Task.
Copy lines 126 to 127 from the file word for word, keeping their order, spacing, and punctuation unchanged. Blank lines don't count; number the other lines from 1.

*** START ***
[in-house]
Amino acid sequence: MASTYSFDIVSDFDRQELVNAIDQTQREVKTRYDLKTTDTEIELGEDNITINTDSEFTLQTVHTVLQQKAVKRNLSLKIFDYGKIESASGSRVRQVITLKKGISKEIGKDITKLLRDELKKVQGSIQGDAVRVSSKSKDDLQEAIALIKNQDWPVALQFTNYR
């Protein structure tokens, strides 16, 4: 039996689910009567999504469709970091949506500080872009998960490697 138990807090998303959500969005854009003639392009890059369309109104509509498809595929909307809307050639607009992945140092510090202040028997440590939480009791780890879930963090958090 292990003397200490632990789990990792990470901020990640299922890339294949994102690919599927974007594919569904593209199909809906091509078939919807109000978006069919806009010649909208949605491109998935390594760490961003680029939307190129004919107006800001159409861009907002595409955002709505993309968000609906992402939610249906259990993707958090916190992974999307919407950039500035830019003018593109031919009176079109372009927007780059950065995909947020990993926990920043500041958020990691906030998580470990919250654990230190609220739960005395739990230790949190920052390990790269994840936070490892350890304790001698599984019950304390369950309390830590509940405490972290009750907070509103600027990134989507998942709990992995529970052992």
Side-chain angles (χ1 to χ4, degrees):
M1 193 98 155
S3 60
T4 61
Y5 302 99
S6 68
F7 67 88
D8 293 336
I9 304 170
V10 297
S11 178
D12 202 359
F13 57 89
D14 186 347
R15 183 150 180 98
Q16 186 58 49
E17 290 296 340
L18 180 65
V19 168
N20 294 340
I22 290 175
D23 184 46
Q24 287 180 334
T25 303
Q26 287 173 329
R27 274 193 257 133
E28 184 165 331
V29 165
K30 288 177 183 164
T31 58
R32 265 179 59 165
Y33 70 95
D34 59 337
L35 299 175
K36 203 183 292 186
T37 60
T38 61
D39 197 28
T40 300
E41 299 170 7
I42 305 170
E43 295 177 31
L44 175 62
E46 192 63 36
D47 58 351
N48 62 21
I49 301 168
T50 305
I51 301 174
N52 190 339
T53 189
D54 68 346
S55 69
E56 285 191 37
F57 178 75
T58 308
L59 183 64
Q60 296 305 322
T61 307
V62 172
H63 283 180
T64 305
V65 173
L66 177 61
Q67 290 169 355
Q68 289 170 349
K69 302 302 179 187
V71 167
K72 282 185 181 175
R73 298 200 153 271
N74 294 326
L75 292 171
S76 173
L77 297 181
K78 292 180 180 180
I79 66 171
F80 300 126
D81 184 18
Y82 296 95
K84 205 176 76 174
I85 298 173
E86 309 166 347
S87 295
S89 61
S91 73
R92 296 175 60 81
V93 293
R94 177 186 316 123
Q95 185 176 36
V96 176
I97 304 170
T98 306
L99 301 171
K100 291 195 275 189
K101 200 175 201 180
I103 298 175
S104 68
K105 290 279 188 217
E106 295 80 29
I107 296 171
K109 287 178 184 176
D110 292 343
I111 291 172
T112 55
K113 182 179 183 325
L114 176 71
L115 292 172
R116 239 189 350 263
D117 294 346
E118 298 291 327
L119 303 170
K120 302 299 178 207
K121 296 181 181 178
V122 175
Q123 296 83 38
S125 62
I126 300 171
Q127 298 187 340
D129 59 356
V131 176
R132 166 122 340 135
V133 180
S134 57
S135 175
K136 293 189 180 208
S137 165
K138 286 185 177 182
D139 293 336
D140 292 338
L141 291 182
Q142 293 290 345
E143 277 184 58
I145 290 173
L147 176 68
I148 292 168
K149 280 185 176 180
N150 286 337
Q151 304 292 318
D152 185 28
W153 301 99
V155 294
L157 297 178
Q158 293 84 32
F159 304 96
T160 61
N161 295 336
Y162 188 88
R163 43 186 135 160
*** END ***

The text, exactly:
S134 57
S135 175